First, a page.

By On the occasion of our 20th anniversary
By Gustavo Arellano
By R. Scott Moxley
By Alfonso Delgado
By Courtney Hamilton
By Joel Beers
By Peter Maguire
By Charles Lam
It's hard to say exactly when Hal Durham finally ran out of gas. His tank was already empty and his engine silent by the time a passing motorist discovered his classic 1973 El Camino on the gravel shoulder of Nevada State Highway 95, just beyond the neon glow of Las Vegas, in a ghostly desert town called Indian Springs. Durham was slumped behind the steering wheel. A note in his handwriting, scrawled on a cocktail napkin, sat beneath a can of beer. A rubber hose stretched from the car's tailpipe through a rolled-up window.
"We got the call on Jan. 21 at 8:35 a.m., but Mr. Durham obviously had been out there for several hours," says Ron Flud of the Clark County coroner's office. "We recorded his official date of death as Jan. 20, 2001. The cause was carbon-monoxide intoxication from the inhalation of motor-vehicle exhaust. A suicide."
Lots of people will tell you that Hal Durham was the meanest bartender they ever met. Most of the rest don't feel right speaking ill of the dead.
"Everybody who's honest will tell you the same thing," says Ron Price Jr., who was Durham's boss at the last two bars where he worked—now-defunct clubs called the Hillside and the Foothill, once-legendary watering holes in the oil town of Signal Hill. "They'll tell you that Hal Durham was a crabby old bastard."
Even people who liked Durham don't argue with that. "He always treated me great, but that could be kind of embarrassing sometimes," acknowledges Tim Grobaty, a longtime columnist for the Long Beach Press-Telegram and a longtime Durham customer. "He'd be giving me free drinks while he was telling everybody else to fuck off."
Durham was in his mid-50s. He was a stocky guy, about 5-feet-8 and 200 pounds. His face was round. His hair was reddish-brown and receding but still parted on the side. His florid complexion made him glow even in the darkness of a bar—the only place most people ever saw him—which seemed to lend credence to his reputation as a hard drinker and those nagging rumors of drug use. So did his mercurial temperament.
Then again, Durham's coarsely split personality wasn't completely out of place at the Foothill. The barn-sized honky-tonk had endured—albeit increasingly scuffed and frayed—since Signal Hill matriarch Bonnie Price founded it in the mid-1940s. It was Bonnie's grandson Ron Price Jr. who finally closed and sold the Foothill in September 2000. Four months later, Durham was gone, too.
Maybe there was some poetry in that. Or maybe it was the last pathetic act by a royal pain in the ass. To say for sure, you'd have to know something about what made Hal Durham tick. And now, almost eight months after he killed himself, no one can guess why.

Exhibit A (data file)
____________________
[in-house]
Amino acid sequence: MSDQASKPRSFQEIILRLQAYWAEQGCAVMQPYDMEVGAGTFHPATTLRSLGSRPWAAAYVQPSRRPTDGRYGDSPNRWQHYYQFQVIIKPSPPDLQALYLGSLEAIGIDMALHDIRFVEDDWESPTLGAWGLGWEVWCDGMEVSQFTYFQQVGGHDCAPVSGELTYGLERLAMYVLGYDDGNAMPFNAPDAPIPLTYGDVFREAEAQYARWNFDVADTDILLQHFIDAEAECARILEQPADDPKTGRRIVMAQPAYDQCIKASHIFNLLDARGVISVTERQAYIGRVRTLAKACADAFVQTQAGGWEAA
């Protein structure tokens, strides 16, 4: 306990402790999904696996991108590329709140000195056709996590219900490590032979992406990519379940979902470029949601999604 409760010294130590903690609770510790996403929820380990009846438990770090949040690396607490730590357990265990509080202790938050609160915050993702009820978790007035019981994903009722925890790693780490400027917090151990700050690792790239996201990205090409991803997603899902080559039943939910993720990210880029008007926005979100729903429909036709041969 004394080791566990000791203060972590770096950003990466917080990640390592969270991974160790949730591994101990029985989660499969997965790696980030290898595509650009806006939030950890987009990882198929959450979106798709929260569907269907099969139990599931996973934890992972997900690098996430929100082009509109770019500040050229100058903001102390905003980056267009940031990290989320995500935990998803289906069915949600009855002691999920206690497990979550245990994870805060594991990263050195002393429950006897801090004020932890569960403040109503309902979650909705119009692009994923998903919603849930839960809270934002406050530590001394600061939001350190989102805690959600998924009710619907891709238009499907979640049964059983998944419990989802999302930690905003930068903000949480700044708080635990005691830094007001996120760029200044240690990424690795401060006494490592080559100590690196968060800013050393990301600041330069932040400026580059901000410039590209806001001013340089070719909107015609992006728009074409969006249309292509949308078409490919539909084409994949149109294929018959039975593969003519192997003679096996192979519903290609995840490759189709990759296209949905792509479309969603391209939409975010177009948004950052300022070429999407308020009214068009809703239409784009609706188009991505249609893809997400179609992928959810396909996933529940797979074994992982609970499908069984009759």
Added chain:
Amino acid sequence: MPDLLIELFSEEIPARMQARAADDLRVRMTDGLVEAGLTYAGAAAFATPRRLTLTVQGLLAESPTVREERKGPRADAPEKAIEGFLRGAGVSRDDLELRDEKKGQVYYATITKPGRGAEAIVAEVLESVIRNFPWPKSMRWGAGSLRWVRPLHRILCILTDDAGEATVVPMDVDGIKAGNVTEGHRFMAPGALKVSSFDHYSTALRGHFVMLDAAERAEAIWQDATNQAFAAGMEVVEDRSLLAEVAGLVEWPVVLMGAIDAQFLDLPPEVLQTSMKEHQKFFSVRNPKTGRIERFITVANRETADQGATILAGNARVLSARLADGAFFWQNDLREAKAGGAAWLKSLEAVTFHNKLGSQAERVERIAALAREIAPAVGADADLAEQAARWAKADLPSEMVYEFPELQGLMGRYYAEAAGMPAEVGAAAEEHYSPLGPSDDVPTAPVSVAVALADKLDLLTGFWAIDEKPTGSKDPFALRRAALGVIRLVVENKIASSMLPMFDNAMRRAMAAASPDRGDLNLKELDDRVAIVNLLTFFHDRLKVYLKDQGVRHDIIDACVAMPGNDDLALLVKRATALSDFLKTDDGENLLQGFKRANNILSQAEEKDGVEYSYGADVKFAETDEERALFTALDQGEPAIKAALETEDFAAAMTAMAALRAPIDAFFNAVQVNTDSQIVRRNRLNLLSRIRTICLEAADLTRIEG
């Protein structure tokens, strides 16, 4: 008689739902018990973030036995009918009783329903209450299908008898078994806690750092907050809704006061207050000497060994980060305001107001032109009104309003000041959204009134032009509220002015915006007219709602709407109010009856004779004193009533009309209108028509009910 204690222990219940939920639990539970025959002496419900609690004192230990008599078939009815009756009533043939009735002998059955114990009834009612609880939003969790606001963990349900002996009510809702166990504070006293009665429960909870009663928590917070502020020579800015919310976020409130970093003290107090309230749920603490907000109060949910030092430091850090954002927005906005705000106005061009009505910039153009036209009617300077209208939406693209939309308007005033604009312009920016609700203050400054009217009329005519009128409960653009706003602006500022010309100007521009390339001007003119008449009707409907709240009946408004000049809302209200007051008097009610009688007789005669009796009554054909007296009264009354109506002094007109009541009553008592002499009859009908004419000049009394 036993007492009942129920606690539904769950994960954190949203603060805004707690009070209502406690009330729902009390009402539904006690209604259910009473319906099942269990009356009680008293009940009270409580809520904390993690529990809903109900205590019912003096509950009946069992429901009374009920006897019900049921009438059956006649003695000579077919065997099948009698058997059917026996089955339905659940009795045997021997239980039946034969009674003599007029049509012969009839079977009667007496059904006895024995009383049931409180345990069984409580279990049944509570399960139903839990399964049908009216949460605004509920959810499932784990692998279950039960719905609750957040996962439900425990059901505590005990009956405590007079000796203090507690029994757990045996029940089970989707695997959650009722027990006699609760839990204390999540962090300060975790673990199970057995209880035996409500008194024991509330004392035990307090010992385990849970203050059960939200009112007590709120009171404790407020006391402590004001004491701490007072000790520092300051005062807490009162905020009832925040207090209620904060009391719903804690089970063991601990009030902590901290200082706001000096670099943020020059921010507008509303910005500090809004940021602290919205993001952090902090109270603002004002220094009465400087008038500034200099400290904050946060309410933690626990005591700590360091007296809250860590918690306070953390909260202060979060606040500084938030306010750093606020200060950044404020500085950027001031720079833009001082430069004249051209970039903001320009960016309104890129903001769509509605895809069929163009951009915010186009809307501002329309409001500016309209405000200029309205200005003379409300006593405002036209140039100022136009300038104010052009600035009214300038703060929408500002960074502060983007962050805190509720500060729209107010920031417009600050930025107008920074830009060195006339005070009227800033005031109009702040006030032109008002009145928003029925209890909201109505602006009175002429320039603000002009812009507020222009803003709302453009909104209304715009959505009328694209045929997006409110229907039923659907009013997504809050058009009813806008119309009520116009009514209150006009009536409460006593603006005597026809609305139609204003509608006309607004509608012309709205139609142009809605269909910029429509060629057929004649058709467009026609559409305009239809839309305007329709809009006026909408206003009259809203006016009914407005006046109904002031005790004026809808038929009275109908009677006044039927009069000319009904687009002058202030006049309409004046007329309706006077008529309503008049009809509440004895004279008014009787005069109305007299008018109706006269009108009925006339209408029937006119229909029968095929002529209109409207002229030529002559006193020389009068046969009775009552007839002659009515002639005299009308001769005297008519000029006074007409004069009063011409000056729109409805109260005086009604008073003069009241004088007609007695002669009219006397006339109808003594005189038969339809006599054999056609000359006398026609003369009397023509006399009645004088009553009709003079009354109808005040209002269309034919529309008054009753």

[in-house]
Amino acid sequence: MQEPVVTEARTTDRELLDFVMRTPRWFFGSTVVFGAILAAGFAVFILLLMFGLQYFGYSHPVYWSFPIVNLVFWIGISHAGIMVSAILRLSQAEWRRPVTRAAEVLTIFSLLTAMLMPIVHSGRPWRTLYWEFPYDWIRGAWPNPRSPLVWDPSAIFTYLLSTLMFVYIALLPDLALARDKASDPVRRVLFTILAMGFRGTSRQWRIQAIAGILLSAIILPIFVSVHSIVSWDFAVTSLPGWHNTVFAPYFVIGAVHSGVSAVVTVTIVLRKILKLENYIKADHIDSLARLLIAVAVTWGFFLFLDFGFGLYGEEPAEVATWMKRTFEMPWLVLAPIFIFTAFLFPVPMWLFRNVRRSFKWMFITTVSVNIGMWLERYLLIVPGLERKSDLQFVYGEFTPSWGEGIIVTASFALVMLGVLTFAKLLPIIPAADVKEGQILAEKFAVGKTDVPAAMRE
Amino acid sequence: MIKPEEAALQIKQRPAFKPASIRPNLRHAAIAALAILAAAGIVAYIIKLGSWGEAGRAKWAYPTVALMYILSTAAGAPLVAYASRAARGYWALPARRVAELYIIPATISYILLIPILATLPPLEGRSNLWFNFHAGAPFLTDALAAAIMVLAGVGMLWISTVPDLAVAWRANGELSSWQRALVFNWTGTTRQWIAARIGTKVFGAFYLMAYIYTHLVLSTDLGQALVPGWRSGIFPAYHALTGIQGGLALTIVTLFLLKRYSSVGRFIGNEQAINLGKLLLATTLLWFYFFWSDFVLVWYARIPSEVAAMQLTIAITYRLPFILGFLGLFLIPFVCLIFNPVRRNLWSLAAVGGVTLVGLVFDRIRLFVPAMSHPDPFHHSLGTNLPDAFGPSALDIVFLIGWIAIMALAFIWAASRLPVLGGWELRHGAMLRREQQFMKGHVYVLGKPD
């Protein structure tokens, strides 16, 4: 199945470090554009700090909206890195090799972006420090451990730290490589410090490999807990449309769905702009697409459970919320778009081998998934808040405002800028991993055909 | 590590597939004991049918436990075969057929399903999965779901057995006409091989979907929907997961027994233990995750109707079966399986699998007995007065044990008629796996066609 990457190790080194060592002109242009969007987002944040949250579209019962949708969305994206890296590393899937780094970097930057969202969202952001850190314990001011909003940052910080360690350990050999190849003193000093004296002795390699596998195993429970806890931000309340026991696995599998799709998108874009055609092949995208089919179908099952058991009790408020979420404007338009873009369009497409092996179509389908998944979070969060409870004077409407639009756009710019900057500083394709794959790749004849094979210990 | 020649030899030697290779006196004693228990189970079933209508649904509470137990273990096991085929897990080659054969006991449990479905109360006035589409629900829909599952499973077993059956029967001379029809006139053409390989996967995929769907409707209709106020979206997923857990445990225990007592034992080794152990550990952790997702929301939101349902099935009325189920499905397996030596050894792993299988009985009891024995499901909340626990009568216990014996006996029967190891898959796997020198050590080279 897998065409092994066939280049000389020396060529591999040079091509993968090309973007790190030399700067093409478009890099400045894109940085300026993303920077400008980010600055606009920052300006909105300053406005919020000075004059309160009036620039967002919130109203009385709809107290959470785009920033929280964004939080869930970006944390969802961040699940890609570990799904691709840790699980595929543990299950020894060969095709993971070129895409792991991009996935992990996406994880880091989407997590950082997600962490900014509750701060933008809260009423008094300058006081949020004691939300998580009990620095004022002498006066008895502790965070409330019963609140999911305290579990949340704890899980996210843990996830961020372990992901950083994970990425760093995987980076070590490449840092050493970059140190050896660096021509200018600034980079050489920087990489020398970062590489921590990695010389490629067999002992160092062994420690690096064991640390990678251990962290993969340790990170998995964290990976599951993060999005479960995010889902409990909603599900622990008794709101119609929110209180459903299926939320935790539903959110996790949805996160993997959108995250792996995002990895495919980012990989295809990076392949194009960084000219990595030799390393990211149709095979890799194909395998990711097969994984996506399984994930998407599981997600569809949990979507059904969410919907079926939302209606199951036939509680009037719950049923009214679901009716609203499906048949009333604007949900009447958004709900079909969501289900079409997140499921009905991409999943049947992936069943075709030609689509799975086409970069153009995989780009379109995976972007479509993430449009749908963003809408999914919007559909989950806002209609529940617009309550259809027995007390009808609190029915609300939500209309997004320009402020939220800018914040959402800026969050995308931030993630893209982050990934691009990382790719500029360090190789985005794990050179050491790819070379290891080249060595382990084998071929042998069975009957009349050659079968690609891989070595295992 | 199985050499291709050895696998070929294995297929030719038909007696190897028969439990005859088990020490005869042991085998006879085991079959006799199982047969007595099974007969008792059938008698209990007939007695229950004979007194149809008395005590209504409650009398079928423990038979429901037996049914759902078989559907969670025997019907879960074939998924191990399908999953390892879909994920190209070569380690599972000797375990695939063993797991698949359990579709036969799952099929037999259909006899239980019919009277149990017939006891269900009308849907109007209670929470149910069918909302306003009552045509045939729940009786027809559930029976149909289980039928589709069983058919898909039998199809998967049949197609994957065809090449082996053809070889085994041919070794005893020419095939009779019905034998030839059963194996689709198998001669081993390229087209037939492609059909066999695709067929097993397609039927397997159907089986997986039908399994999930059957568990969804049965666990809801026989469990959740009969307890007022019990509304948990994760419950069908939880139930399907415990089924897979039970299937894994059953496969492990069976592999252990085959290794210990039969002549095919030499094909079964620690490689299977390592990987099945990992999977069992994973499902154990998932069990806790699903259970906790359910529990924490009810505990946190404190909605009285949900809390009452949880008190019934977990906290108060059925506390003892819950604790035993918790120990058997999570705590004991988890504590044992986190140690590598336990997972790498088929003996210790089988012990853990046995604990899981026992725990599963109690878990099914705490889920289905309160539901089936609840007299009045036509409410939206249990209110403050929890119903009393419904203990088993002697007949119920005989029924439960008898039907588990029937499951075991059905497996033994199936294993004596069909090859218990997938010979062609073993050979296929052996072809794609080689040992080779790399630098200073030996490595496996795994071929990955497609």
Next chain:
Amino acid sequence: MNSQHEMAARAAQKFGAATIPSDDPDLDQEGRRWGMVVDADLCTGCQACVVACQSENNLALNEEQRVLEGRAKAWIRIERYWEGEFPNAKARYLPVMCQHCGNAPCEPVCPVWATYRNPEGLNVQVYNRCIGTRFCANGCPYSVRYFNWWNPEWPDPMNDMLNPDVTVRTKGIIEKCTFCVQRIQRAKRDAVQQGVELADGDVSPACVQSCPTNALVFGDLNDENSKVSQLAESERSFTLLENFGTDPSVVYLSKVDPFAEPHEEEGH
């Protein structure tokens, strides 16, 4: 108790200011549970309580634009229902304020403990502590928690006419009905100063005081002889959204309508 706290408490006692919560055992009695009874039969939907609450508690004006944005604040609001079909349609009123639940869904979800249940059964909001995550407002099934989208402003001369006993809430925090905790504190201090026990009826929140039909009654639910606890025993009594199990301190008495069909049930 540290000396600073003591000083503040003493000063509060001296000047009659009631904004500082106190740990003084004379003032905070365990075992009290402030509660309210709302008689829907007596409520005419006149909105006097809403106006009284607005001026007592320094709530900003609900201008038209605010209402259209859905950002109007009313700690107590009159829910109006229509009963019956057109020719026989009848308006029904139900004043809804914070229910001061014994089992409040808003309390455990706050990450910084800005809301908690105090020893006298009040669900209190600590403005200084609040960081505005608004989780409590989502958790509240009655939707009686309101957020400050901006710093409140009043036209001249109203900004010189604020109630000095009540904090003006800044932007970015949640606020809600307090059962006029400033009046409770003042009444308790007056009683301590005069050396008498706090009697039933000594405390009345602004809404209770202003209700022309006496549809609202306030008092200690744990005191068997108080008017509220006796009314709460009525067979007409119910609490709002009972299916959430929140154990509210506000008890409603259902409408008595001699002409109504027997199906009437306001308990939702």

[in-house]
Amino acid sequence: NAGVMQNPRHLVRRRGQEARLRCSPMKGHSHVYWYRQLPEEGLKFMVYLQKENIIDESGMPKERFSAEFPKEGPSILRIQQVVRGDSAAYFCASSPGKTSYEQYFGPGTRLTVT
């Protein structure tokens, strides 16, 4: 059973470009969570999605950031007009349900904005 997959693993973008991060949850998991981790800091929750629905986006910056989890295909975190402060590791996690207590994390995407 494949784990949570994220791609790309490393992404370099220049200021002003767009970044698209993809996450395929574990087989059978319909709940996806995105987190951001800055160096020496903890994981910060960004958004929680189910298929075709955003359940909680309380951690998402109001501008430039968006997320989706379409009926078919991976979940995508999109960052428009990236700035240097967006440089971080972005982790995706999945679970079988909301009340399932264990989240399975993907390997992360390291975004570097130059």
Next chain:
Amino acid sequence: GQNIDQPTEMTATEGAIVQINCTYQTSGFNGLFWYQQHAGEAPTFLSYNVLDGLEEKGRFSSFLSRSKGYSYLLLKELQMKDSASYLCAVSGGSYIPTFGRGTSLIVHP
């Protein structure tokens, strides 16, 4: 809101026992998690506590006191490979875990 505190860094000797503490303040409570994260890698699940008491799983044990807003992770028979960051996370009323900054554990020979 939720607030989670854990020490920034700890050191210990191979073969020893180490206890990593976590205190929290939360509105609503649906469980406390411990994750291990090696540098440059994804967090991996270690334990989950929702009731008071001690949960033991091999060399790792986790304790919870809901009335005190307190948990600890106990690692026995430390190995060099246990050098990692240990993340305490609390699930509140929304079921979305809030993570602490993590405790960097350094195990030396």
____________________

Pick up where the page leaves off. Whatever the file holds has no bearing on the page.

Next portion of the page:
"Hal was a very old-school Signal Hill-type character," offers Steve Zepeda, the promoter who booked most of the shows in the 1990s that maintained the Foothill's reputation as an important music venue. "If you knew Hal and he liked you, he would do anything for you. The thing is not that many people knew him. Or wanted to. He upset a lot of people—let's just say that."
Actually, hundreds, maybe thousands, of people knew of Hal Durham. But all that most of them knew about him was gathered in the time it took to order, receive and pay for a drink. Often, that transaction did not go well.
"Gimme a beer!" someone would bark.
"I'm not givin' you anything!" Hal would snarl. "If you ask right, I may let you buy one."
Thereafter, Durham might take the orders of the next several people in line or just dawdle for 15 or 20 minutes before coming back to the offender.
"Hal did that to a woman once, and she finally asked, 'Are you ignoring me?'" recalls Marty, a longtime bouncer at the Foothill. "Hal just stared at her and replied, 'Why shouldn't I ignore you? You're not pretty.'"
Marty shakes his head at the memory. "My title was 'bouncer,'" he says. "But when Hal was working, I spent most of my time apologizing for him."
Customers tended to extrapolate these conflicts into hard-and-fast opinions of Durham. It's hard to blame them. Then again, that's the way it goes for so many of the characters who occupy regular, if compartmentalized, roles in our lives. The supermarket clerks. The pizza deliverers. The receptionists. The postal workers. Their faces become very familiar to us, but we rarely get beyond that face value.
"Hal had a heart of gold," insists Gary Butterbaugh, who knew Durham for 25 years—so well that he handled the disposition of Hal's estate. But the evidence of un corazon d'orowas anecdotal. Durham was a guy who circulated birthday cards for co-workers; kept an extensive, dependable Christmas card list; did charitable work with the Long Beach Century Club; and posted bail for his blues-buddy friend, White Boy James, about a dozen times. He wasn't, however, a guy who smiled a lot.
"I think we all have a tendency to prejudge people or go on first impressions," says Butterbaugh. "But maybe that's not fair. A lot of people, you can't stand them the first time you meet them. But maybe they're having a bad day. I think that happened a lot with Hal."